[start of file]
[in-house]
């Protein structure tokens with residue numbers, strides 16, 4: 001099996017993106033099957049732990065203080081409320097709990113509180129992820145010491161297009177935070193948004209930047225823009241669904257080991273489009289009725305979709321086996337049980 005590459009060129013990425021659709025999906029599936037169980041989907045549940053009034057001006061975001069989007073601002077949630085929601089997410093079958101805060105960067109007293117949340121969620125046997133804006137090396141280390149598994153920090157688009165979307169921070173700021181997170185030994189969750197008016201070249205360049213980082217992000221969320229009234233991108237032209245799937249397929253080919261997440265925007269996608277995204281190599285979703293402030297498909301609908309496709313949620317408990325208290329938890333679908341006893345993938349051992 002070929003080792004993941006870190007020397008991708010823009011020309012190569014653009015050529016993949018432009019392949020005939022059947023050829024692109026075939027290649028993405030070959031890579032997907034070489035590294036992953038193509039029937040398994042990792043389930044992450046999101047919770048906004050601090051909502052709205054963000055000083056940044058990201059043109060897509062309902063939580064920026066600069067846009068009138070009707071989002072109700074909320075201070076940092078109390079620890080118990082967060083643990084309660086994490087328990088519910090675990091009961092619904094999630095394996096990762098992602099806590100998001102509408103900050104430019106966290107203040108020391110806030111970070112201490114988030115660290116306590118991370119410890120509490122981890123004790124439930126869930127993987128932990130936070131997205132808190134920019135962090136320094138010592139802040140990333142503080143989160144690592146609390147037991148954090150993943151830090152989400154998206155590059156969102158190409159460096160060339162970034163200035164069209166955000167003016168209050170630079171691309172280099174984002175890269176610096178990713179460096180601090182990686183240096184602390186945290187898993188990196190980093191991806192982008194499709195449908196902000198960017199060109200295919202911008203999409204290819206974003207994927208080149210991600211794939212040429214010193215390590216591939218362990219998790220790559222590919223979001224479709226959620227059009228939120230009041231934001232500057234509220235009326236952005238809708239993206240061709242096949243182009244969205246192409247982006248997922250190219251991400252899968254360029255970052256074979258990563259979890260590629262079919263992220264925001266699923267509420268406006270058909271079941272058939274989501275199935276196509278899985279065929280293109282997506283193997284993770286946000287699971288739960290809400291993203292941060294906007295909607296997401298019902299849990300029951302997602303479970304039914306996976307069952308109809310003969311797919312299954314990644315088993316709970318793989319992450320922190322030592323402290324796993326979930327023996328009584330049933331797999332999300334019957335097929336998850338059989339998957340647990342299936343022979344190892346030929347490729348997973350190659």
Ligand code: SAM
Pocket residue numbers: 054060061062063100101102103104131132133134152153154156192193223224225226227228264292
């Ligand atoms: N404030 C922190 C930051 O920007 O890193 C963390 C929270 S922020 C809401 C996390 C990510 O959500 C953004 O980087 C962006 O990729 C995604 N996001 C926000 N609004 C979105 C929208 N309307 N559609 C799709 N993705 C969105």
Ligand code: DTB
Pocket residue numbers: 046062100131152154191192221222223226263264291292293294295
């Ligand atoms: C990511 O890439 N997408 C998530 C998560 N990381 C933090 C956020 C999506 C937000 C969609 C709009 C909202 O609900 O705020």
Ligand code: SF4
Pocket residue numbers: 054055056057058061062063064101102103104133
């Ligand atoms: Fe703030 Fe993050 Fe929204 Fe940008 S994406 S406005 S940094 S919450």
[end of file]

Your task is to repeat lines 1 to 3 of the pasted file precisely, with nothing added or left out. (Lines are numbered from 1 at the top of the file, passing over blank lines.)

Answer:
[in-house]
């Protein structure tokens with residue numbers, strides 16, 4: 001099996017993106033099957049732990065203080081409320097709990113509180129992820145010491161297009177935070193948004209930047225823009241669904257080991273489009289009725305979709321086996337049980 005590459009060129013990425021659709025999906029599936037169980041989907045549940053009034057001006061975001069989007073601002077949630085929601089997410093079958101805060105960067109007293117949340121969620125046997133804006137090396141280390149598994153920090157688009165979307169921070173700021181997170185030994189969750197008016201070249205360049213980082217992000221969320229009234233991108237032209245799937249397929253080919261997440265925007269996608277995204281190599285979703293402030297498909301609908309496709313949620317408990325208290329938890333679908341006893345993938349051992 002070929003080792004993941006870190007020397008991708010823009011020309012190569014653009015050529016993949018432009019392949020005939022059947023050829024692109026075939027290649028993405030070959031890579032997907034070489035590294036992953038193509039029937040398994042990792043389930044992450046999101047919770048906004050601090051909502052709205054963000055000083056940044058990201059043109060897509062309902063939580064920026066600069067846009068009138070009707071989002072109700074909320075201070076940092078109390079620890080118990082967060083643990084309660086994490087328990088519910090675990091009961092619904094999630095394996096990762098992602099806590100998001102509408103900050104430019106966290107203040108020391110806030111970070112201490114988030115660290116306590118991370119410890120509490122981890123004790124439930126869930127993987128932990130936070131997205132808190134920019135962090136320094138010592139802040140990333142503080143989160144690592146609390147037991148954090150993943151830090152989400154998206155590059156969102158190409159460096160060339162970034163200035164069209166955000167003016168209050170630079171691309172280099174984002175890269176610096178990713179460096180601090182990686183240096184602390186945290187898993188990196190980093191991806192982008194499709195449908196902000198960017199060109200295919202911008203999409204290819206974003207994927208080149210991600211794939212040429214010193215390590216591939218362990219998790220790559222590919223979001224479709226959620227059009228939120230009041231934001232500057234509220235009326236952005238809708239993206240061709242096949243182009244969205246192409247982006248997922250190219251991400252899968254360029255970052256074979258990563259979890260590629262079919263992220264925001266699923267509420268406006270058909271079941272058939274989501275199935276196509278899985279065929280293109282997506283193997284993770286946000287699971288739960290809400291993203292941060294906007295909607296997401298019902299849990300029951302997602303479970304039914306996976307069952308109809310003969311797919312299954314990644315088993316709970318793989319992450320922190322030592323402290324796993326979930327023996328009584330049933331797999332999300334019957335097929336998850338059989339998957340647990342299936343022979344190892346030929347490729348997973350190659």
Ligand code: SAM